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In Memoriam

This page is dedicated to remembering our faculty colleagues who have passed away. Obituaries are attached as available.

Teh-wei Hu

Professor Emeritus

Teh-wei Hu, PhD, was a professor emeritus of Health Economics at the Berkeley School of Public Health, and director of the Public Health Institute’s Center for International Tobacco Control. Hu’s areas of expertise were the application of econometrics to health care services research, mental health economics and the economics of tobacco control. Hu received the Carl Taube Award from the American Public Health Association for his contribution to mental health services research. In 2014 the WHO awarded him a medal to honor his contribution to tobacco tax policy research in China.

Joyce C. Lashof

Dean (1982–1992)

Joyce Cohen Lashof, MD, a passionate health equity advocate who broke gender barriers as the first woman to be appointed director of any state department of public health and the first woman appointed dean of the UC Berkeley School of Public Health. After leaving Berkeley, Lashof went on to chair the Presidential Advisory Committee on the Gulf War Veterans’ Illnesses and the Institute of Medicine Committee on Technologies for the Early Detection of Breast Cancer. In 1995, she received the Sedgwick Memorial Medal for Distinguished Service in Public Health from the American Public Health Association.

Cheri A. Pies

Clinical Professor Emerita

Cheri A. Pies was a Clinical Professor Emerita at the UC Berkeley School of Public Health. Cheri Pies also served as the principal investigator of the Best Babies Zone Initiative, a place-based multi-sector approach to reducing infant mortality through community-driven transformation. As one of the pioneers in understanding social determinants of health, she worked to address the ways in which social and economic disparities and inequities influence birth outcomes and generational health across the life course.

David R. Ragland

Founding Director, Safe Transportation Research and Education Center (SafeTREC)

David R. Ragland, PhD, MPH ’80 was Professor Emeritus of Epidemiology at the UC Berkeley School of Public Health. From 1980 to 2000, David conducted a number of studies in cardiovascular disease, cancer, and occupational safety, and coordinated an NIH-sponsored training program that supported over this period about 100 pre- and post-doctoral students in the School of Public Health. In 2000, he founded the UC Berkeley Traffic Safety Center, now called the Safe Transportation Research and Education Center (SafeTREC), which conducts research on transportation practices, evaluates new technologies for road safety, and conducts policy analyses. SafeTREC is jointly affiliated with the School of Public Health and the Institute of Transportation Studies (ITS). Ragland advised state and federal transportation agencies on issues of transportation safety, including collision analysis, data collection, and safety for vulnerable populations such as pedestrians and bicyclists. A later focus of Ragland’s research was safety and mobility in the rapidly expanding elderly population.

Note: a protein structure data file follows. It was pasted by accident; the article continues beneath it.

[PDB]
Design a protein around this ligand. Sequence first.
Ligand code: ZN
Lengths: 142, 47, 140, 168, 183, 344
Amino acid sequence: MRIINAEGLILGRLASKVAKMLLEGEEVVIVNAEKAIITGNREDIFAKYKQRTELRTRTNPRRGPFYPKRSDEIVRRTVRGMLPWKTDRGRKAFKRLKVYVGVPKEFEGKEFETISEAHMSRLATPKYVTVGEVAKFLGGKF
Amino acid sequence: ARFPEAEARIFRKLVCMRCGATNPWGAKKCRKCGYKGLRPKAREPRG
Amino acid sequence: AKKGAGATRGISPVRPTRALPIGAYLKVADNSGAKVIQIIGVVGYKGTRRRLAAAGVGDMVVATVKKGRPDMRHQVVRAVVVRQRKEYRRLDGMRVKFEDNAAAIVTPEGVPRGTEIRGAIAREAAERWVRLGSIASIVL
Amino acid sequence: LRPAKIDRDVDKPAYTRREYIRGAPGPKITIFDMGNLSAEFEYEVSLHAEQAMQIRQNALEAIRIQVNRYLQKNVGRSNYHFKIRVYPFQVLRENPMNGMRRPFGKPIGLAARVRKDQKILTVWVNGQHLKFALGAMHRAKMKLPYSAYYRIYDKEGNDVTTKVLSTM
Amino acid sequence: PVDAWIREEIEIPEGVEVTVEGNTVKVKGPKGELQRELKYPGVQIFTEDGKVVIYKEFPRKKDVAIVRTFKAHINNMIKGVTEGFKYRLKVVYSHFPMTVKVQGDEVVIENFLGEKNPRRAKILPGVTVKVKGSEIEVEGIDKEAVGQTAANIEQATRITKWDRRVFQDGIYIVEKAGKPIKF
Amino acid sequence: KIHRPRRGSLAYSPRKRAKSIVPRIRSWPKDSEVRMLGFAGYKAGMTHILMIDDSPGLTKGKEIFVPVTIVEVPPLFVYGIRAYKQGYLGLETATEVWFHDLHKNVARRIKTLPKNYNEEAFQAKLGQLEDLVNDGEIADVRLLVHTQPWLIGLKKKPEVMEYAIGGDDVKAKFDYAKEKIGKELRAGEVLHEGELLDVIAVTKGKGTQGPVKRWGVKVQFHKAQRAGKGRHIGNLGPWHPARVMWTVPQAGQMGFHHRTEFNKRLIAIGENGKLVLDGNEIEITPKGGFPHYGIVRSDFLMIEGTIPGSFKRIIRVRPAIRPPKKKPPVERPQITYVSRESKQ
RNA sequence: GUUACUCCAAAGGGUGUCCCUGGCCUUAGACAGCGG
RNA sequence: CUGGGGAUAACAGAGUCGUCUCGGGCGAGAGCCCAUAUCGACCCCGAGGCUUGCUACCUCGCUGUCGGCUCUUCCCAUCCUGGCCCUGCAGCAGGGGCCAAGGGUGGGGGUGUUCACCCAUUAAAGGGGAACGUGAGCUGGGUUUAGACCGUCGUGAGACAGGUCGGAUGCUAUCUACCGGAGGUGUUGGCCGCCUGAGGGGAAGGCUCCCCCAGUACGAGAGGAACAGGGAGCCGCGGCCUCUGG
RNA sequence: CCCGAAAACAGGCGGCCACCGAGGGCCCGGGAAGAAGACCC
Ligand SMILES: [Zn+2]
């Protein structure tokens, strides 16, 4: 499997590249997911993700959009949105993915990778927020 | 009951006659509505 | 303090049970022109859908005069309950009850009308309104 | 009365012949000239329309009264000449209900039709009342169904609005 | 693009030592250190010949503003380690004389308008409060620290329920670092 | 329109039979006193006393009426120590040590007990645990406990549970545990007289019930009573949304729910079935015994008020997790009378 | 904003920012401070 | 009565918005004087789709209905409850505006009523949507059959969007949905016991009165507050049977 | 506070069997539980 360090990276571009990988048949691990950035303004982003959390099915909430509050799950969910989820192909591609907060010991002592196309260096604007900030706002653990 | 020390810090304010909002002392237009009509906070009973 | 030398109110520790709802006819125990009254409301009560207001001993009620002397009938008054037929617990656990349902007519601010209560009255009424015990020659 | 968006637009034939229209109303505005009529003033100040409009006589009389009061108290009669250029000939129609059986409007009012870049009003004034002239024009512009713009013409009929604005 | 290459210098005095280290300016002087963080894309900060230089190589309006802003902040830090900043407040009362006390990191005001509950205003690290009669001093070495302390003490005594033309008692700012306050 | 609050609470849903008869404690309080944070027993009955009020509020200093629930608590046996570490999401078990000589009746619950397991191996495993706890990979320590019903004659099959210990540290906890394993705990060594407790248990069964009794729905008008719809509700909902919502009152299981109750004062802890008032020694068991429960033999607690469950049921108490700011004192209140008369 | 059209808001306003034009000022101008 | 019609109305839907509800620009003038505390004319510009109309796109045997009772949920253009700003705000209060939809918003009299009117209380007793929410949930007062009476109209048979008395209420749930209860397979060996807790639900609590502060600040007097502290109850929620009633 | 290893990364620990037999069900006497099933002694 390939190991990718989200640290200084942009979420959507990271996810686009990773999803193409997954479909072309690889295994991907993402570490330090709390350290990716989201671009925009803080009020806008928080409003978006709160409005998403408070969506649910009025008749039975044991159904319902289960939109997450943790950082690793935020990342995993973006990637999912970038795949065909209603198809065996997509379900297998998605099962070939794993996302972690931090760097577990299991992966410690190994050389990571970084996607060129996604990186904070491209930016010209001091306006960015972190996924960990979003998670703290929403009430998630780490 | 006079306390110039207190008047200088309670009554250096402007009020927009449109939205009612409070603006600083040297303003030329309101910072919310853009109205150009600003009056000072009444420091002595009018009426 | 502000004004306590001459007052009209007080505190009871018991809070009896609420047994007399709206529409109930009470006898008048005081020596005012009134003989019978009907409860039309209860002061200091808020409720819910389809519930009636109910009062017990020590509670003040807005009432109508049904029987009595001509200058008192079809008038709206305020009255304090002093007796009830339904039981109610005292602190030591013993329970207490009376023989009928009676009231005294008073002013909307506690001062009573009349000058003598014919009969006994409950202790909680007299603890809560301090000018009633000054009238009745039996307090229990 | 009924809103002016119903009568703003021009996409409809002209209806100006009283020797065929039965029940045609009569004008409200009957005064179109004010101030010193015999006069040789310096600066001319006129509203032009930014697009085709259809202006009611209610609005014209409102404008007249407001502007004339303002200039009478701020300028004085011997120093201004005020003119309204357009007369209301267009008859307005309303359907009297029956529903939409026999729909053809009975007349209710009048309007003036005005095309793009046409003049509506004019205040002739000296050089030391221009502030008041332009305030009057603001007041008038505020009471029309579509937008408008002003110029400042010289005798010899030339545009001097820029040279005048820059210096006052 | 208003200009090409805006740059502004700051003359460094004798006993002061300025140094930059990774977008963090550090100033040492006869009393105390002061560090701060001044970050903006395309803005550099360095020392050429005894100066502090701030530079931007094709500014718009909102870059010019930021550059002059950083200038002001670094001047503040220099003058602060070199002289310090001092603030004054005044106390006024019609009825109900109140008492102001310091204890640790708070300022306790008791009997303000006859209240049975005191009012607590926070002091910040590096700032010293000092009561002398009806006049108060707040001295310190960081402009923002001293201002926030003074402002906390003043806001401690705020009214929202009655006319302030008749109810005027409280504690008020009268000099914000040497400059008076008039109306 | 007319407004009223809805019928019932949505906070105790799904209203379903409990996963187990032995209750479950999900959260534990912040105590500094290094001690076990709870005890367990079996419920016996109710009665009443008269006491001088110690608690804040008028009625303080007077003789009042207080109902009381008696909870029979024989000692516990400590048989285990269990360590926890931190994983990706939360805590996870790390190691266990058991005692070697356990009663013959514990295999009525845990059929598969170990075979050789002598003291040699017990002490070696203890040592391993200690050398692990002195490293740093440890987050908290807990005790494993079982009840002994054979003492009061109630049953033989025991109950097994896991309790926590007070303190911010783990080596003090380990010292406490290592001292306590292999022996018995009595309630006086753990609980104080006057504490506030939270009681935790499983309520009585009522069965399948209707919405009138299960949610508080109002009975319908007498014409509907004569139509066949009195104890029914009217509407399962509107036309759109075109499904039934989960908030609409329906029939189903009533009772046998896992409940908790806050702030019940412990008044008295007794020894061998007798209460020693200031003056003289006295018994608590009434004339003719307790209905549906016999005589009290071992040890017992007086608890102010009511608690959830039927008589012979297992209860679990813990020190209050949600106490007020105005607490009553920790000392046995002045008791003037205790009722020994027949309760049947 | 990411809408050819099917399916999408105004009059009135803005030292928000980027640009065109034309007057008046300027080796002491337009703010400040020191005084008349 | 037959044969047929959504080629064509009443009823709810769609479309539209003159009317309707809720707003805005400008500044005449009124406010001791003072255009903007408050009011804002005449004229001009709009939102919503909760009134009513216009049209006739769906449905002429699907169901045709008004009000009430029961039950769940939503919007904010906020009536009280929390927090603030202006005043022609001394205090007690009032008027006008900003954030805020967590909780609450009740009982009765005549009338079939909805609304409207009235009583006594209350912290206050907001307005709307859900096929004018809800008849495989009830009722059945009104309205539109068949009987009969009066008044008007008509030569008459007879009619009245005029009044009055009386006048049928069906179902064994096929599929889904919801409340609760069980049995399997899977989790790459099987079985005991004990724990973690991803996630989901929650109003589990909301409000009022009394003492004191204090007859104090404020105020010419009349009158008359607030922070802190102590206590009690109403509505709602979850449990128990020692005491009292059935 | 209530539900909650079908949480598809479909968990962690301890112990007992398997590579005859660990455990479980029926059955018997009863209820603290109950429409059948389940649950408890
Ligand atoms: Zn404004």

Lee W. Riley

Professor (1996–2022)

Dr. Riley was Professor and Chair of the Division of Infectious Disease and Vaccinology. He was a physician, who conducted molecular epidemiology and bacterial pathogenesis research focused on infectious diseases of global importance and diseases of urban slum settlements in developing countries.

Kirk R. Smith

Professor (1995–2020)

Kirk R. Smith was a Professor of Global Environmental Health and Director of the Collaborative Clean Air Policy Centre, New Delhi. Previously, he was founder and head of the Energy Program of the East-West Center in Honolulu. He served on a number of national and international scientific advisory committees including the Global Energy Assessment, National Research Council’s Board on Atmospheric Science and Climate, the Executive Committee for WHO Air Quality Guidelines, the Lancet Commission on Pollution and Health, and the International Comparative Risk Assessment of the Global Burden of Disease Project. He conducted field research on air pollution, both ambient and in households, in more than 20 countries of Asia and Latin America. He published about 400 articles in peer-reviewed journals and books on air pollution, climate change, energy, and development.

Harry Snyder

Harry Snyder was the advocacy leader in residence at the Center for Public Health Practice & Leadership, and a lecturer for the Division of Health Policy and Management, at UC Berkeley’s School of Public Health. He taught two courses, PH 220 Health Policy Advocacy and PH 298.015, a group study/action learning class placing students with organizations advocating for better public health issues. He also administered the distribution of funds from class-action lawsuits and has been responsible for the making and accountability of $70 million of grants from health-related state and multi-state cases.